W.D. Hamilton’s description of kin selection and inclusive fitness in 1964 led to a major remake of ethology and behavioral biology. He pointed out, for example that since full sibs share half their genomes, anything one does for the other also propagates his own genome, discounted by one half in this case.
In general the discount is given by the coefficient of relationship between the actors: one half between full sibs or between parent and offspring, one quarter between actor and grandchild, and so on.
In the subsequent development and application of the theory, attention remained focused on such genealogical kinship. A kind of shared consensus dominated, especially when thinking about humans: more remote relationship was too small to be of any significance. In particular: ethnic tension, bigotry, and racism were acknowledged to be divorced from mechanisms of inclusive fitness.
Part of this consensus reflected another consensus in anthropology: pots moved in the past but people did not. The dominant model was of an earth carpeted with sessile yet relatively open communities doing limited mate exchange with their neighbors, all facing a common Malthusian limit.
The kind of eruptions familiar from history and recent prehistory, like the expanions of the Bantu or the Han or the Indo-Europeans or the Turks were dismissed as relatively recent consequences of agriculture. We did, after all, spend 99% or our evolution as foragers, just like Kalahari Bushmen, or so the reasoning went.
It is easy to toss out the 99% since people unambiguously like ourselves show up about 45,000 years ago, and agriculture took hold and spread 10,000 years ago. The 99% has to come down to 35/45 or 80%, but even so why would anyone think that Aurignacian invaders of Europe could be modeled by Kalahari Bushmen?
In this imagined homogeneous landscape (this is the crucial point) no one ever encountered anyone very different from himself so there could be nothing in our past to favor evolution of ethnic or racial discrimination and enmity.
Perhaps it is time to give bigotry another chance. With large sets of SNP typings on individuals we can bypass the whole genealogy issue and look directly at DNA differences over the whole genome.
I have been looking at populations in the HGDP (Human Genome Diversity Project) database, which can be gotten at http://www.hgdp.org. I am speaking here about what is called the coefficient of kinship, usually half the coefficient of relationship, because with kinship the algebra makes much more sense.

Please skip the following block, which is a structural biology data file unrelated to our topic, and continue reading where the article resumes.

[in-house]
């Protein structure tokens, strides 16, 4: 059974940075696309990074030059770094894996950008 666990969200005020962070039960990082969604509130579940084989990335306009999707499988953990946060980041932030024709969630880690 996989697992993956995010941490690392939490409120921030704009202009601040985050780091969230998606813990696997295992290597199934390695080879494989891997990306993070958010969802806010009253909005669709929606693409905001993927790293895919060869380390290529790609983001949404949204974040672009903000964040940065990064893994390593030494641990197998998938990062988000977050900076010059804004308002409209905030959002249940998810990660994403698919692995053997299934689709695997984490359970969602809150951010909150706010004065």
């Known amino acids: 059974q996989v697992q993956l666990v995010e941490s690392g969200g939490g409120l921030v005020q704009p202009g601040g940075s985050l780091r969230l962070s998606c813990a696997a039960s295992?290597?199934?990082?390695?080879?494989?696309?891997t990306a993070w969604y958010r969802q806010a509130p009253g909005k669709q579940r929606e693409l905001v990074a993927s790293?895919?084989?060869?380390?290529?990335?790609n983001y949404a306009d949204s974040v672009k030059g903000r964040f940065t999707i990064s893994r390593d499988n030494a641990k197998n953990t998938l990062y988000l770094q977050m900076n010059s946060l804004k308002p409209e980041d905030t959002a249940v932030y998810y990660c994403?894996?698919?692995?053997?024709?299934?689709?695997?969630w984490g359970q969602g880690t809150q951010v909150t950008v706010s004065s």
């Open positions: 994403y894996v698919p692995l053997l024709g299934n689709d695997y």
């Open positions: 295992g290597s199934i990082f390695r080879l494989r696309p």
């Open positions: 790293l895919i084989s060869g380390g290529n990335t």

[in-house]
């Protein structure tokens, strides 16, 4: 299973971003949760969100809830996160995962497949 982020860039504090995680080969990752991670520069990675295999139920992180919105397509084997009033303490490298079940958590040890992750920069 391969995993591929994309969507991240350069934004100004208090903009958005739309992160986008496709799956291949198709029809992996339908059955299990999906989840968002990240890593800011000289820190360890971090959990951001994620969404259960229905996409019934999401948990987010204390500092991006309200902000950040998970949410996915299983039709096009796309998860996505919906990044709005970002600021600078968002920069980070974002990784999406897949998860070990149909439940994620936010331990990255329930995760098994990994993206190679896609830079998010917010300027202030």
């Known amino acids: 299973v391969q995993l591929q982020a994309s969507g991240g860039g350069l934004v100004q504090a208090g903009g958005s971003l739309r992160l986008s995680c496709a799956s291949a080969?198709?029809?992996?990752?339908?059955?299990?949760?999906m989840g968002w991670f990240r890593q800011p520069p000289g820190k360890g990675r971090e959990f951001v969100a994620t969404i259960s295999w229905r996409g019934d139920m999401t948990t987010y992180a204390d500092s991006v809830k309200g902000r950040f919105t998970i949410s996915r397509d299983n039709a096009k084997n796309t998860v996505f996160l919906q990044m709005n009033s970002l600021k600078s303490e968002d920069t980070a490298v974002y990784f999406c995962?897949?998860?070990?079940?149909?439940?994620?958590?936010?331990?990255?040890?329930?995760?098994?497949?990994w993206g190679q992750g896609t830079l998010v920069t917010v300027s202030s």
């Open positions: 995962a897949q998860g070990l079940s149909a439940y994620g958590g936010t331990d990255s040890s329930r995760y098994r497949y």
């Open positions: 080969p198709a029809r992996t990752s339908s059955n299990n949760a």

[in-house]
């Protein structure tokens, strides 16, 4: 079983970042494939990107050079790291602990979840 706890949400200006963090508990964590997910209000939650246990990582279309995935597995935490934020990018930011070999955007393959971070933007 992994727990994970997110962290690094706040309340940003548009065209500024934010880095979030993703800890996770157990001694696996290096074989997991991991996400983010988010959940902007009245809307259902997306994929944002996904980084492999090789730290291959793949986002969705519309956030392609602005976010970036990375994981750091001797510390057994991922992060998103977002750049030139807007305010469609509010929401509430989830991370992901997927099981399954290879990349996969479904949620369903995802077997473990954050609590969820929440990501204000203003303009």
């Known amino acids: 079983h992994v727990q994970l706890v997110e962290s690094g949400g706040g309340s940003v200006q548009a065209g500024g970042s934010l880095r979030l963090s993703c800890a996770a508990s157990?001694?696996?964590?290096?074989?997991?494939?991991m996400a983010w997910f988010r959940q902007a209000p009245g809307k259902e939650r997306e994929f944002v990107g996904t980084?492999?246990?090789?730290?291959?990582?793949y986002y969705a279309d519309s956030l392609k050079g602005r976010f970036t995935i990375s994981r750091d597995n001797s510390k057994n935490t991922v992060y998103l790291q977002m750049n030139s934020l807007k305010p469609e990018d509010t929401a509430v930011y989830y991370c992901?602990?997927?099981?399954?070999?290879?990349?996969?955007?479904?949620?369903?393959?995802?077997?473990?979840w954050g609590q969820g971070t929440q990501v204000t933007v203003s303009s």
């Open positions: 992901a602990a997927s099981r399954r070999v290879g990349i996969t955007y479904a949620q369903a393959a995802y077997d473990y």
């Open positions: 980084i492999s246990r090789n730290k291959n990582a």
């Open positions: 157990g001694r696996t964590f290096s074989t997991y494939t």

This figure shows, in the top panel, kinship measured between all possible pairs of 29 French in the French HGDP sample.
No one knows, by the way, how sampling was carried out for this nor for any of the HGDP populations.
The mass at f~0.5 represents kinship with self, more or less that 0.5 according to whether the individual was relatively inbred or outbred. The bottom panel shows, for each person in the sample, the kinship with his closest “relative” (who is probably not a known genealogical relative).
The second figure shows the same statistics for 29 Japanese. Again, the bottom panel shows that, from the viewpoint of kinship, one person is not very different from another person. In other words, with respect to inclusive fitness, there is almost nothing here nor in France to let it work.
Now imagine that these were two communities near each other living in quiet harmony. Then Washington hears about the situation and sends a social improvement team to furnish each community with more diversity by merging them into a single community. Here is the new distribution of kinship in the top panel and, in the bottom panel, the distribution of closest kin for each of the 58 members of the new merged community.
In the new diverse community the average person can find someone related as f~0.06, corresponding roughly to a great-grandchild at f=1/16. Suddenly there is a fitness payoff to discrimination.
Anything I do for my nearest cryptic kinsman is equivalent to doing .06/.5 12.5% of the same thing for myself, or rather for my Darwinian fitness. Suddenly there would be not-insignificant selection for kin and ethnic discrimination, even bigotry or racism.
The above two examples, French and Japanese, are large populations with deep gene genealogies. The HGDP also has several small ethnic populations in their sample, and the distribution of kinship within these populations is quite different.
This figure shows the data from the Druze, a community in the Middle East that has endured episodes of very small effective size.
Here opportunities for discord and clannishness are high as individuals able to discriminate kin would ally against the “others.”
In this kind of social/genetic environment one would predict very different patterns of family and clan and group loyalty and cooperation. One is reminded for example of the discord and acrimony that is often reported about reservation politics in North America.
Anoyone who writes academic or research papers knows that one writes a draft, puts it in the drawer to stew for a week or more, goes over it carefully, usually rethinks a number of points and sees new ones, and repeats the process until it is ripe.
The above isn’t like that. It has had a whole day and a half in the drawer during which it received perhaps two hours total of thoughtful revision. I am putting it out here because I think it must be interesting but I don’t have it all very clear in my head. If I can crowd source some of it it will be a big help.